What is curiosity?

Curiosity is nature's way of ensuring we continue to develop and learn. Curiosity is a desire for information and new experiences, it’s a primal drive like hunger, sleep, and sex. One role is to reduce gaps in knowledge.

Toddler’s can ask between 70 and 200 questions an hour, with around 71% of the questions with the purpose of seeking information about the world. They’re gathering information about the world, reducing their knowledge gaps.

Curiosity is an intrinsic motivator, coming from within ourselves. Over time, as we grow older, our curiosity seems to decline, perhaps due to a high focus on extrinsic motivators in the educational system and in our day jobs (grades, money, awards, social status, etc.). However, we can still trigger curiosity even in adults. One way to make your students, readers, or listeners more curious is as simple as letting them realize that there is a gap in their knowledge about the world.

Railway, Platform, Mind, Gap, Mind The Gap, Travel

Highlight knowledge gaps

If curiosity is the desire for information, and we want to trigger that desire in people, how can we make them aware that there’s something they don’t know?

Let me give an example. What is data? Most people have an intuitive idea about the concept of “data”, but most people don’t know how data is defined, and their intuitive understanding might even be erroneous. For example, they might be thinking it has something to do with computers, but we also have data which is not yet digitized, so the computer can not be part of the definition.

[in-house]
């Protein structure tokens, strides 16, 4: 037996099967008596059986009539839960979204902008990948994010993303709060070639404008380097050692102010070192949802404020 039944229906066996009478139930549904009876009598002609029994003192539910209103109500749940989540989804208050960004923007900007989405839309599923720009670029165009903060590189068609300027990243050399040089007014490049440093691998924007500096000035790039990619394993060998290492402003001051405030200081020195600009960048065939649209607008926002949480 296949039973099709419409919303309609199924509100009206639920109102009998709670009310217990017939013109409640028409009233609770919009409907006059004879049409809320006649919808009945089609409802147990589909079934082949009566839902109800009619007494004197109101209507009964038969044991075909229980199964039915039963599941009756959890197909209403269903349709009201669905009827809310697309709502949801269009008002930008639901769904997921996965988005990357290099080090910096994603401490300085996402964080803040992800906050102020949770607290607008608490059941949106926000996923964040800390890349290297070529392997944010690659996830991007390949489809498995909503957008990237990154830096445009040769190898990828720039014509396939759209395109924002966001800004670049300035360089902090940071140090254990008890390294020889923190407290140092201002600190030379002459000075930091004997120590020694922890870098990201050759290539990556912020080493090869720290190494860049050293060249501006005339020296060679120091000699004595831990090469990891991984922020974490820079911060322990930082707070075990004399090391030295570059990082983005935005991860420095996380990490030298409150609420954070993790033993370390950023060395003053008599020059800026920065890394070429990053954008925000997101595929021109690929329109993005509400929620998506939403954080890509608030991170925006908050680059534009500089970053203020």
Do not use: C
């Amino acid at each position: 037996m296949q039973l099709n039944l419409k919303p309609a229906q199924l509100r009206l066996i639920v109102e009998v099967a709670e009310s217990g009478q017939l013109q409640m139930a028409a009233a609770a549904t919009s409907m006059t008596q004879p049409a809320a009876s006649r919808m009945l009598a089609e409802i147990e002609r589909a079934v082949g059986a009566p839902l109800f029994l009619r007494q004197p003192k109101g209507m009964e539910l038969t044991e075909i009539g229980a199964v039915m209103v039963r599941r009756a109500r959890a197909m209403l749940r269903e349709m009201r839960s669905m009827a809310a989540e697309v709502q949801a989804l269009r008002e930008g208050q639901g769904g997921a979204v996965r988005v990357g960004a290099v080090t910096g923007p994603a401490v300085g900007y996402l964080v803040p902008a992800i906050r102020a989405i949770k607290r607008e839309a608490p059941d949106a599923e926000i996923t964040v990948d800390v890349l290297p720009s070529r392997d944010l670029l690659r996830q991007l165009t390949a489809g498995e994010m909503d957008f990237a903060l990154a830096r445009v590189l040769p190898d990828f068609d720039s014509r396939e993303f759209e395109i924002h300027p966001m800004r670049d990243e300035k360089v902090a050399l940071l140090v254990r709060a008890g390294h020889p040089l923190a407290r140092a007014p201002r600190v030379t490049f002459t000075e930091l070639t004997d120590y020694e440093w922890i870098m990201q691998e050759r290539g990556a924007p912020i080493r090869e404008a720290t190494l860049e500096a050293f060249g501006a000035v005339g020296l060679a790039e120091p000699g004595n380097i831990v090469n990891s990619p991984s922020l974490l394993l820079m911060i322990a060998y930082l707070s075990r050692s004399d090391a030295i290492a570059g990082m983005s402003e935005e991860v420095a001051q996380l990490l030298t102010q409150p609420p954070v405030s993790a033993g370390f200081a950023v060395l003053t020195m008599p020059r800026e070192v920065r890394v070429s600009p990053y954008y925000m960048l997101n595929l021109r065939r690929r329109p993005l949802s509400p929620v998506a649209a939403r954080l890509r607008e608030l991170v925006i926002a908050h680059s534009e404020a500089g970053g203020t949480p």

Let’s say we want to teach the concept data to a group of students. Following the Curiosity First principle, we want to make sure they are curious before we can begin our explanation. I can’t just start explaining “Data is defined as a representation of …”. Instead, and what I usually do, is to get my students to discuss the questions “What is data? How do we define it?” in small groups for a minute or two before we start.

By forcing my students into a conversation, they quickly realize that their internal understanding is not very clear, and their wondering make them curious and thus ready to learn. When they are curious we can continue, with examples of data — digital or not — and build up the definition of data together.

Thus one way to trigger curiosity, is to pose open questions, and allow time for students to make up their own mind. Make them wonder, before you start filling the knowledge gaps. This technique isn’t always applicable. We need more tools in our curiosity toolbox.

A stronger way to trigger curiosity, is through handing over ownership of student learning to the students. Delegating ownership can be done by encouraging the students to come up with either their own questions to research or their own problems to solve within a topic, rather than a top-down approach. I will cover the feeling of ownership in a future blog post.

Conditions for learning

This post have been about creating conditions for learning by prioritizing curiosity first. When you are learning, begin by asking yourself: Why are you curious about that article or book? Why are you curious about that class, talk or lecture? When writing or teaching, begin your presentation by helping your audience into a curious mindset.

The next post will be about what Alfred Hitchcock can teach us about curiosity and highlighting knowledge gaps, in the context of computer science education.

I hope I haven’t completely satisfied your curiosity about curiosity. Here's a few pointers to what I’ve found interesting while researching for this post.